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The degree to which small, independent media—student journals, underground newspapers, tiny FM radio stations, mimeographed poetry magazines, and self-published chapbooks—created a mulch that formed writers in the 1960s has been heavily underlined in this study. Creativity in that era was not a solitary endeavor; it was produced amid a fickle and changing cohort of idealists, like Garcia Marquez’ colleagues at El Espectador, like the “hippies” in Los Angeles who sold the ads and typeset the copy for Open City, like Paul Auster’s friends David Lehman and Paul Spike at the Columbia Review. These media were a special blend of impermanence (they were weekly, and there would be another issue in seven days, so minor inconsistencies and political defeats were forgotten) and the physicality of permanent writing (archives of 1960s alternative papers are now a valuable commodity). In a highly political era, this writing didn’t have to be fine writing, yet it did have to be committed to some ideals and to paper. Papers and libraries kept back issues, like the ones Douglas Messerli scoured for useful ideas and addresses in the Library of Congress basement, and one could be sued for libel, or at least threatened with expensive lawsuits, as John Bryan was. Unlike something published on the Internet, writing had a tangibility and enduring nature.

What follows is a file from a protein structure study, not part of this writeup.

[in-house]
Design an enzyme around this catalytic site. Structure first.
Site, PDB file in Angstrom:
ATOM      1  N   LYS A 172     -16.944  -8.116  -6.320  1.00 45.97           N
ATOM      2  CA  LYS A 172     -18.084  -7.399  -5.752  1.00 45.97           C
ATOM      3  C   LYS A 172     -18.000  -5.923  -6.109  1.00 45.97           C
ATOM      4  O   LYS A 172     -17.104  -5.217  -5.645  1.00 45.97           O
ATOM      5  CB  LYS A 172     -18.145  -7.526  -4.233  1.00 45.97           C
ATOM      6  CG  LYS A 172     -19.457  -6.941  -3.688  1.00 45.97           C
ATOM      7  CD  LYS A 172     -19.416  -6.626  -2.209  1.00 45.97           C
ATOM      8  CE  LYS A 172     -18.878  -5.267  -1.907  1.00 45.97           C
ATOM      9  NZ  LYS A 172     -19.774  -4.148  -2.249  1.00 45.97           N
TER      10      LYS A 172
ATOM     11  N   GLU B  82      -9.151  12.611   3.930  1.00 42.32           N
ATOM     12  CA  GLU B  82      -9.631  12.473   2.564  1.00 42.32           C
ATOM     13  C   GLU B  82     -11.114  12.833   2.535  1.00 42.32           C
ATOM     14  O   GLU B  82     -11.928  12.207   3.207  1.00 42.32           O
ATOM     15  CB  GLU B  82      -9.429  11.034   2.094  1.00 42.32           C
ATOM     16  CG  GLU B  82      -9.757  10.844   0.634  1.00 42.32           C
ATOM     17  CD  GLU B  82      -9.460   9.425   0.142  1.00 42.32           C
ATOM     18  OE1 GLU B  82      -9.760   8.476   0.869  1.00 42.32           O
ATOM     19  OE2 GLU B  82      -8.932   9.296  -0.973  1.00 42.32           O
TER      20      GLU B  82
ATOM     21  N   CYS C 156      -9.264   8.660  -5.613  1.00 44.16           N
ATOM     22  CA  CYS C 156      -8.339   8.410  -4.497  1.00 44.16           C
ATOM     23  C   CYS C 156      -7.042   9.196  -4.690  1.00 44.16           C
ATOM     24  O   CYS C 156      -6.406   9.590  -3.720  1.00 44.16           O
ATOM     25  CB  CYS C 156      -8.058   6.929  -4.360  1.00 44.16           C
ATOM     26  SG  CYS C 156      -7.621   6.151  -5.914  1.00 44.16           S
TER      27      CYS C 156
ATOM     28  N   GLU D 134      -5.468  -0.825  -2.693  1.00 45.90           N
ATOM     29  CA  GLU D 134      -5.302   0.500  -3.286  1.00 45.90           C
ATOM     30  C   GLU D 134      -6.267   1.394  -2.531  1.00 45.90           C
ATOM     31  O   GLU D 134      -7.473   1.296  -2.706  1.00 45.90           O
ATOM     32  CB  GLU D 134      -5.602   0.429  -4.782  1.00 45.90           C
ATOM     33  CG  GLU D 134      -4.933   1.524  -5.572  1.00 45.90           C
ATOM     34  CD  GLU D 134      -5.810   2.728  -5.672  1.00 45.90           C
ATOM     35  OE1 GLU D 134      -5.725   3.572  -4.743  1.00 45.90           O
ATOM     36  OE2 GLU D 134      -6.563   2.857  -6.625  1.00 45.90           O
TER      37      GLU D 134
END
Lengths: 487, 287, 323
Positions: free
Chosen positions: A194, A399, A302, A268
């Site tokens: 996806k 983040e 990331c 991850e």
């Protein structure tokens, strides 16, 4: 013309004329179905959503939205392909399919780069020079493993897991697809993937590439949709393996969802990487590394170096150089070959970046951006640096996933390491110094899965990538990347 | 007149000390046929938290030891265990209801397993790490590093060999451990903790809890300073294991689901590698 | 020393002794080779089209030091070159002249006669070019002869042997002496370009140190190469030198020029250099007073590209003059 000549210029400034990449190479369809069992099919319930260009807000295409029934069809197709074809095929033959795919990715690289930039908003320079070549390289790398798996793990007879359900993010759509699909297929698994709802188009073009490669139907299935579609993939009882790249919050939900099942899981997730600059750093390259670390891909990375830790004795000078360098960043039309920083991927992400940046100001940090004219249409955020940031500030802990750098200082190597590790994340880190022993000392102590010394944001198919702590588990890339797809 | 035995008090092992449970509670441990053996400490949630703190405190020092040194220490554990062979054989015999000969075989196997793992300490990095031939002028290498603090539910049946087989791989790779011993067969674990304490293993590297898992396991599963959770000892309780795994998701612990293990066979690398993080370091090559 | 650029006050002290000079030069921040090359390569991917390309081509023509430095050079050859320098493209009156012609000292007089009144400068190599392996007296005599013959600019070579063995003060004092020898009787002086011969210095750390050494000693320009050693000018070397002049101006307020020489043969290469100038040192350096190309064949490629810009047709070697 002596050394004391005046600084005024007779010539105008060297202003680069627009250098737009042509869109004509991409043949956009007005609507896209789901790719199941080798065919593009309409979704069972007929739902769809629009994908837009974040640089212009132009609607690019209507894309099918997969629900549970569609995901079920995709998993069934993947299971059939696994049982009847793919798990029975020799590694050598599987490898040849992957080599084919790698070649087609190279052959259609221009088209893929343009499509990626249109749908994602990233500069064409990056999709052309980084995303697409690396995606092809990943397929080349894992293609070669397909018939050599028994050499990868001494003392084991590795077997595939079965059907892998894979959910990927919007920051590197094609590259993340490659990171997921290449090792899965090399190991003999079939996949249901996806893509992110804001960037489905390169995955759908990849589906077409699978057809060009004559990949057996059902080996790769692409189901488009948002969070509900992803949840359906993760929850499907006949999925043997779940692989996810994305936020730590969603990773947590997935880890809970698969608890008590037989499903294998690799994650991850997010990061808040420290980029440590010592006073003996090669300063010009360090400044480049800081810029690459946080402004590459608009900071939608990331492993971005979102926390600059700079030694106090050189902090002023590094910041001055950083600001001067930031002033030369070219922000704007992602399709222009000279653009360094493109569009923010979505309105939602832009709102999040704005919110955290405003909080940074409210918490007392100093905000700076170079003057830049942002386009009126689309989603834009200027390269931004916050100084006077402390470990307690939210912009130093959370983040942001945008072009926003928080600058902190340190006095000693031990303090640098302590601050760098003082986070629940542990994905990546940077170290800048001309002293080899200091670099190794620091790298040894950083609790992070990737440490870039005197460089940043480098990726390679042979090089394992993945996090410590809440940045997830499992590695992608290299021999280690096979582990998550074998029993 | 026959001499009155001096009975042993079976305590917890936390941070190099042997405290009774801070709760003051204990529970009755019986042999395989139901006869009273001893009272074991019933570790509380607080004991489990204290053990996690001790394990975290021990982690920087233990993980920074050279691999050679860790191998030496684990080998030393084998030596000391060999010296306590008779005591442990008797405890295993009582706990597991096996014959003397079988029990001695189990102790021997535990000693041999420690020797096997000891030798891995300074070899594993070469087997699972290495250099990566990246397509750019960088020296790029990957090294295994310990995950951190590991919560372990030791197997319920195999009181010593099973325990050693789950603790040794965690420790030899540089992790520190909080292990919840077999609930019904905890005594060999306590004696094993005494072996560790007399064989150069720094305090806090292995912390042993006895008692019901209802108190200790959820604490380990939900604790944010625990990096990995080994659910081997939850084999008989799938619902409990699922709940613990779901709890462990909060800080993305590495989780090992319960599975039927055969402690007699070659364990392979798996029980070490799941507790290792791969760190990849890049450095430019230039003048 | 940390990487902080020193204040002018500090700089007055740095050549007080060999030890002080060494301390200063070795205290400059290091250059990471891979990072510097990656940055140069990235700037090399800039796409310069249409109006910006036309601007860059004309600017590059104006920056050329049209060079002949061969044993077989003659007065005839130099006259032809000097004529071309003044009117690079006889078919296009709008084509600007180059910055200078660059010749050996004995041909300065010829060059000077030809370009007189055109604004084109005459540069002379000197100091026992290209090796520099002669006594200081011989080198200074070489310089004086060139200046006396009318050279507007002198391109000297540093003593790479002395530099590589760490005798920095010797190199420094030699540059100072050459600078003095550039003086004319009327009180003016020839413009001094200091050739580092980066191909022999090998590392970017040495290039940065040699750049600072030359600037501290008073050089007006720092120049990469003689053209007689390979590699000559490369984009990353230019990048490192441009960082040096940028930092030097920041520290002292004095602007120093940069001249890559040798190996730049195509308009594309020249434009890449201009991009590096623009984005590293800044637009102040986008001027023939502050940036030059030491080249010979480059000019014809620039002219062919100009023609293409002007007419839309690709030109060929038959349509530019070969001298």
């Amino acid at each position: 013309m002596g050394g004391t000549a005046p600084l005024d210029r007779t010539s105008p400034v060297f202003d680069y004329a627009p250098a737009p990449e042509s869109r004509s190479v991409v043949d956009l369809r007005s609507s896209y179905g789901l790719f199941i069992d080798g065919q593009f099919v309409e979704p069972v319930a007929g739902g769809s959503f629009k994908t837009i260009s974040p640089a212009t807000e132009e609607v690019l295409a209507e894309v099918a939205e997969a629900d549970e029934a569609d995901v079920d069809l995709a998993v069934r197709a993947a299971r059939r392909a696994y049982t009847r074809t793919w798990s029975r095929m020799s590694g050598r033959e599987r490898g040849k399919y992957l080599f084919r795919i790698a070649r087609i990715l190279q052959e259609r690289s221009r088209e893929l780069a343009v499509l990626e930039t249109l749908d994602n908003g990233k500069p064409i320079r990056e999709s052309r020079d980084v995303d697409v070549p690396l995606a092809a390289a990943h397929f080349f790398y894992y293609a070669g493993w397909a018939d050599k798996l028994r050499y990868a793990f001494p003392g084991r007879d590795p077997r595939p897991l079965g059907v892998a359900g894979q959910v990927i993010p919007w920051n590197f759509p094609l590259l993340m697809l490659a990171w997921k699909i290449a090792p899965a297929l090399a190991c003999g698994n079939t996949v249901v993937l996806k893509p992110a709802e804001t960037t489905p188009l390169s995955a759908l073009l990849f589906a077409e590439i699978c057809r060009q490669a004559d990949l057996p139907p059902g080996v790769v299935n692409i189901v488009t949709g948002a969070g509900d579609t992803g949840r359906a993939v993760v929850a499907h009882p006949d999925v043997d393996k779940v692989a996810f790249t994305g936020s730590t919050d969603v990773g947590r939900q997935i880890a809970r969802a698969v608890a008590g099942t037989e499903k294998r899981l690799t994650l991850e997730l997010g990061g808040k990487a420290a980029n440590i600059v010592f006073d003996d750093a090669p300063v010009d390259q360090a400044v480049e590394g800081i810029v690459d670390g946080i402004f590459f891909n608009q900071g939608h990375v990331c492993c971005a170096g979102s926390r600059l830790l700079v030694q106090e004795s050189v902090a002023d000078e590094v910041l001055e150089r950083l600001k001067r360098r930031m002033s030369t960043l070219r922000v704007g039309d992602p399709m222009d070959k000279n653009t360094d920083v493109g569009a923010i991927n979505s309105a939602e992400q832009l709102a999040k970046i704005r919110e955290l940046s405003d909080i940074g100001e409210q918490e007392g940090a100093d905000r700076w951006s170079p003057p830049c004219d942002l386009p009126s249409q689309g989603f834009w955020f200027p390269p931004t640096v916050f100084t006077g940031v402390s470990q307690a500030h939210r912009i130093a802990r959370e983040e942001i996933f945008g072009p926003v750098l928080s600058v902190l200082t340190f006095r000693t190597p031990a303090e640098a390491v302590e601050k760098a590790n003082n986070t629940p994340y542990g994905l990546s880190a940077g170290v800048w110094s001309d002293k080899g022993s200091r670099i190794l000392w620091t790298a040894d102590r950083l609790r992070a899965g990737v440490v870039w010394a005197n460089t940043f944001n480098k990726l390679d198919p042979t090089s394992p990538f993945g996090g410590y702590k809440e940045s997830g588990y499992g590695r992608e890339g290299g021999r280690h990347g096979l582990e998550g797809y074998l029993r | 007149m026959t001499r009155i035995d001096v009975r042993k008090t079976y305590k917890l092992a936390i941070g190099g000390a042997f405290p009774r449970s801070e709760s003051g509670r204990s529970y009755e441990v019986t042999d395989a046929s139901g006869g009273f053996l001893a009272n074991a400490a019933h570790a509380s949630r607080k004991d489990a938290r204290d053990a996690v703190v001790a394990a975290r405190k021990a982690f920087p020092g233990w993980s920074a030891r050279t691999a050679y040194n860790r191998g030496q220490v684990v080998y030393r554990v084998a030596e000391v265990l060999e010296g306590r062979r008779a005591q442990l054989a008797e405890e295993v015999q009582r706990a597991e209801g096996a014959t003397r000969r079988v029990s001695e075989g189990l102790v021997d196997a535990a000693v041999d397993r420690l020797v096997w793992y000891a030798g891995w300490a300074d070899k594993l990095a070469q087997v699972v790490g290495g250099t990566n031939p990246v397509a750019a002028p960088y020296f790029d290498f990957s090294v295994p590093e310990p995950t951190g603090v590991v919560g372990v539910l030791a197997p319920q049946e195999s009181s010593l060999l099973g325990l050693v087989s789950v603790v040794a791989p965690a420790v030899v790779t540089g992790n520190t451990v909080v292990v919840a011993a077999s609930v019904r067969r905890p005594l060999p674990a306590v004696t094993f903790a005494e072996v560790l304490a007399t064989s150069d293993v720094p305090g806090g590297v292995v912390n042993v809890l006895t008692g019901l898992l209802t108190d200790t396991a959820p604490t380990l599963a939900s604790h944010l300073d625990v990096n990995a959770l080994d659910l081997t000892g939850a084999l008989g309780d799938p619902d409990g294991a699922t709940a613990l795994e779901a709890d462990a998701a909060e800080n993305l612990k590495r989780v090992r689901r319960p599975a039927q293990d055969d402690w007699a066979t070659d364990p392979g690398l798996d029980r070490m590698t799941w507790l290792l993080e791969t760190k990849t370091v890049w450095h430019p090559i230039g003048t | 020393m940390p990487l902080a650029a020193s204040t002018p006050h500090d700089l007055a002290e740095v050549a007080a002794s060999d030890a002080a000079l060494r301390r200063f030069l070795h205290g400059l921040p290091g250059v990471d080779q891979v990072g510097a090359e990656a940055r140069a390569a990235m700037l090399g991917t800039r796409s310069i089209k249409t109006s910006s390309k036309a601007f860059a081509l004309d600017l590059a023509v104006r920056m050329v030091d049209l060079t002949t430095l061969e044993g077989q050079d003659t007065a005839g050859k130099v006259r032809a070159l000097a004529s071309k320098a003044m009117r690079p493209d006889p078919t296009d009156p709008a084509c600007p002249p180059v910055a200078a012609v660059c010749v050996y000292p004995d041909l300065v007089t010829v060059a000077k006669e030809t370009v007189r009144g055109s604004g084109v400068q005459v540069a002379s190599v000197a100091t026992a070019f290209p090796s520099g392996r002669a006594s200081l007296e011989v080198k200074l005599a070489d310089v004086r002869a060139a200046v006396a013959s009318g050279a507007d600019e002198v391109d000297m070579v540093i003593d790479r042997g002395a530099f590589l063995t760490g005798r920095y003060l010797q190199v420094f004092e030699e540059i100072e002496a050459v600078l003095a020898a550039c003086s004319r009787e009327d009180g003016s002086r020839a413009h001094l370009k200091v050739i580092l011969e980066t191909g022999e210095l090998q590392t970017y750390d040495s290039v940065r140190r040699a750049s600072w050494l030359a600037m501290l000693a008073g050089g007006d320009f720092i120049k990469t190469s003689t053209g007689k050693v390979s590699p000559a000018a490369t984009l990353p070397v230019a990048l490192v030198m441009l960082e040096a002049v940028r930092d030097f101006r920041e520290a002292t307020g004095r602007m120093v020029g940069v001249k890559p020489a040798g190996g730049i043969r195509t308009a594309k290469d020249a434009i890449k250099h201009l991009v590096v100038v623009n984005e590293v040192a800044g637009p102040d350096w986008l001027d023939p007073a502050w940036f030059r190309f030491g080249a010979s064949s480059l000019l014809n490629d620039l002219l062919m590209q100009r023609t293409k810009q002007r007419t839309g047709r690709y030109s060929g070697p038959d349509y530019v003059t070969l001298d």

Often writers and their friends were involved in the typesetting, production, make-up, and printing of the final product. Even typesetting by Compugraphic entailed the physical alignment and pasting of columns of type, slicing with razor blades, and positioning of half-toned photos. The mimeograph or the Compugraphic had to be reloaded with paper and ink and other chemicals, and the darkroom was even more complicated. The use habit of this technology was communal. Garcia Marquez interviewed, worked with photographers, and was edited. The editors of Outsider made Bukowski show up in New Orleans, and they gave him a daily routine. The campus poet was expected to appear at the literary magazine on production night to assume a position on the assembly line, after which there would be a party with Gallo jug wine. Diane di Prima made such assistance a de facto part of friendship.

The distance from that world to Haruki Murakami’s word processor is not just technological but also social, moving from a context in which colleagues were in different degrees helpers, to one in which the writer sits in front of a screen messaging distant specialized agents and translators. What was produced in the first situation was more “final” and less fungible, hence Bukowski’s strikeouts, which sometimes cover entire lines or entail corrective clauses and sentences leading in unexpected new directions. We will never see the first drafts of Murakami, though, and as I explain below that changes gatekeeping.

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